How to get a job when you don’t have all the required qualifications

This happens a lot. You’ll see a job posting and it sounds like something you would love to do and be great at. Then you scan down to the required qualifications and it turns out that you don’t have the 15 years of experience and five master’s degrees that they are asking for.

Don’t despair just yet.

Employers frequently put extra qualifications into job ads as filtering tools. They know that they will likely receive more applications for their job than they actually need, so they pad the posting with extra degrees, certificates, and years of experience in order to discourage less qualified candidates from applying.

That is why so many job ads now ask for applicants to have a university degree – even though there is no evidence that one would be required to actually do the work of that particular role.

You can still be a contender for the job if you are underqualified on paper – so long as you are not irrelevant. If you have never worked in the field and have none of the qualifications, then don’t apply for the job. You’ll only be wasting your time and the employer’s.

However, if your education and experience allows you to confidently demonstrate that you would be successful at the job, then apply. Apply with the resume that demonstrates this. Being relevant to a specific role is at least as important as specific qualifications, and that is the step that many candidates miss.

How to get a job that you’re underqualified for

Step one is only applying for those jobs that you know – and can prove – that you can actually do.

Then write a resume that demonstrates how your past work experience, education, and achievements will make you an asset for the company to have in that specific job.

Your transferable skills that can apply across sectors can play an important part of this. Think about your communications and leadership skills, as well as competencies such as budgeting and project management, customer service and negotiation. Many of these so-called soft skills are in high demand across industries, and these can make up for a missing credential or being a few years shy of the requested amount of experience.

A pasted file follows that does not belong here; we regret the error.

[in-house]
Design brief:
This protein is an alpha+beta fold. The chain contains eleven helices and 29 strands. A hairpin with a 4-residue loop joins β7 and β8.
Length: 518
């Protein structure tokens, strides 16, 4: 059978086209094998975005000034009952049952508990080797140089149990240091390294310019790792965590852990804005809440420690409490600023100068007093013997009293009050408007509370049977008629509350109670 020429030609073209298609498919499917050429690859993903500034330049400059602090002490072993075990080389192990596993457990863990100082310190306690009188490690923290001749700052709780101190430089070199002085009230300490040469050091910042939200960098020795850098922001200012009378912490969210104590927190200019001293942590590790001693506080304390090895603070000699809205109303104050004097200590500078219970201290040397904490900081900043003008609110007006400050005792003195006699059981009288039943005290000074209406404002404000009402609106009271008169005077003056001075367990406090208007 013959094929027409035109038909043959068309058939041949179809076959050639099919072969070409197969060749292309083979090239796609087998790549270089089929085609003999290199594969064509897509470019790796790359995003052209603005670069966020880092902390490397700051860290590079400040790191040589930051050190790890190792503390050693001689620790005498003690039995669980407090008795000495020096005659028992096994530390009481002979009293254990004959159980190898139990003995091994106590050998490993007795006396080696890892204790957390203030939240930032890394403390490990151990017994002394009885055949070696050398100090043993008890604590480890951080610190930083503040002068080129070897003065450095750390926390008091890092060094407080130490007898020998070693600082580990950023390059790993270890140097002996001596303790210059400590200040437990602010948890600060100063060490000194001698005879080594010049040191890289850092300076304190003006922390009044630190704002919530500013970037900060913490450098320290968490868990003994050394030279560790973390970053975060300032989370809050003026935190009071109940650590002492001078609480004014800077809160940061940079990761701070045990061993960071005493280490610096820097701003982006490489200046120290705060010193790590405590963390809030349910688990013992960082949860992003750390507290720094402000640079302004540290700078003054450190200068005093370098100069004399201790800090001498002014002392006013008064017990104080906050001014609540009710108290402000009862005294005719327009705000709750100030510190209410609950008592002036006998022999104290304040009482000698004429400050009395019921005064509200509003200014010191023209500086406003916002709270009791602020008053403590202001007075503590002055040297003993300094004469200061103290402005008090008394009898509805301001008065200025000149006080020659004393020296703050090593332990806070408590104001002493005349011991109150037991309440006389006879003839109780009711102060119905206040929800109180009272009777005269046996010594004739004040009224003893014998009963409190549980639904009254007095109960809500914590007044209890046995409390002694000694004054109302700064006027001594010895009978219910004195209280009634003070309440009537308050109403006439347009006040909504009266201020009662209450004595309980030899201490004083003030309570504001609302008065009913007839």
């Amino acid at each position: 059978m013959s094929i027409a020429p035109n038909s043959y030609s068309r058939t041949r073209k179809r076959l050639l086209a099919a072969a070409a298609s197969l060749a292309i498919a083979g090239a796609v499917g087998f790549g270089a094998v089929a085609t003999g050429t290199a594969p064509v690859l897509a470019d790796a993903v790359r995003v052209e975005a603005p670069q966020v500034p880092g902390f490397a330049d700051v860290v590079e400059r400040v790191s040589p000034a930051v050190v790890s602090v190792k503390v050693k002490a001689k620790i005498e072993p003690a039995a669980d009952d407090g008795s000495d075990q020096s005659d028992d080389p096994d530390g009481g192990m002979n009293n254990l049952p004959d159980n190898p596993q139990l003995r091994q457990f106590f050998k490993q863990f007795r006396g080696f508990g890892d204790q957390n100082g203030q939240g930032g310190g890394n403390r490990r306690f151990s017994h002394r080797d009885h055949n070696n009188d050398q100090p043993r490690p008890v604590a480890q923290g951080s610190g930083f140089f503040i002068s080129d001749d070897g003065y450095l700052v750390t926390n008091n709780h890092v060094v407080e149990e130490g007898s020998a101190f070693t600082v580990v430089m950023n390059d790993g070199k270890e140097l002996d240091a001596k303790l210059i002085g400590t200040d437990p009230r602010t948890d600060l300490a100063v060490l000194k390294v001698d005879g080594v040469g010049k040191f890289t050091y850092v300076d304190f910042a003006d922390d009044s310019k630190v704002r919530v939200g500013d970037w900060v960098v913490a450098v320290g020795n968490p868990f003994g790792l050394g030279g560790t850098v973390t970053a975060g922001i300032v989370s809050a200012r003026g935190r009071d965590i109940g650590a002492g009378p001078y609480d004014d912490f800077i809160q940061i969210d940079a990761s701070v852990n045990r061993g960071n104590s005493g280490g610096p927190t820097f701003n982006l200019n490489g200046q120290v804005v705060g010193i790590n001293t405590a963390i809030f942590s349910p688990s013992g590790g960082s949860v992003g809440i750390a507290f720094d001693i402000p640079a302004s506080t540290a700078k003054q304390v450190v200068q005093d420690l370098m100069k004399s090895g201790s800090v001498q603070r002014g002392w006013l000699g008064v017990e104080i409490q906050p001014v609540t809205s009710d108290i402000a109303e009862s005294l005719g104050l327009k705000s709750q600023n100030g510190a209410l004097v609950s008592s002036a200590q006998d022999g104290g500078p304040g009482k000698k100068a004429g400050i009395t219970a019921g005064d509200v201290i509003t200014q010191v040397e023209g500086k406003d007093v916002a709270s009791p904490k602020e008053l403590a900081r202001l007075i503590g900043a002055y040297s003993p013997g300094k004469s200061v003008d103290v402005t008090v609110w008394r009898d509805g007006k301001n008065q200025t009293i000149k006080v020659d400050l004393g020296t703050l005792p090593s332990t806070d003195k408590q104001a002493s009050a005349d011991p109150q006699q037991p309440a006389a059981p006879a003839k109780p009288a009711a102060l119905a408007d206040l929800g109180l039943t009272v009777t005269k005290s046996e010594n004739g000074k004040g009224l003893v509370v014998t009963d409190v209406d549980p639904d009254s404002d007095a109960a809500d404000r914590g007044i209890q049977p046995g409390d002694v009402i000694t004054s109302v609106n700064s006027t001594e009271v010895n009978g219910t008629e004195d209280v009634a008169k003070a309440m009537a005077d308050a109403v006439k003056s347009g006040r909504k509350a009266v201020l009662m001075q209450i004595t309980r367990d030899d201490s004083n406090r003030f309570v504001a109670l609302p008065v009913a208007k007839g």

Employers like to see accomplishments on resumes. These always trump job duties. So, when you are looking for achievements to highlight in your application, think of those that are most relevant to your targeted job. Describe how your previous achievements indicate your potential for success in this new sector.

Other than some advanced technical proficiencies that may take years of study and advanced education to acquire, most other skills can be learned. (And if the job required advanced technical skills that you do not have, you should not apply.) Other than that however, demonstrating that you are a high-achieving employee who has consistently exceeded targets and accomplished what others might not have in similar roles will attract an employer’s attention.

You don’t have to have five years experience at something if you have had a demonstrably successful two-years with potential for lots more to come. An ambitious, up-and-coming candidate can be more of an asset to a company than a more seasoned one who has plateaued.

Just don’t apply for jobs that you can’t do – or can’t prove that you can do. One of employers’ biggest pet peeves is receiving too many irrelevant applications for candidates who are clearly not good matches for the job. Don’t be one of those.

Write a resume that shows how you can do the job – and be prepared to back this up in the interview. Employers are hiring someone because they have a problem that needs solving and work that needs doing. Making it clear that you understand and can solve the problem and that you can do the work is more important than being an exact match for the bullet points in a job ad.

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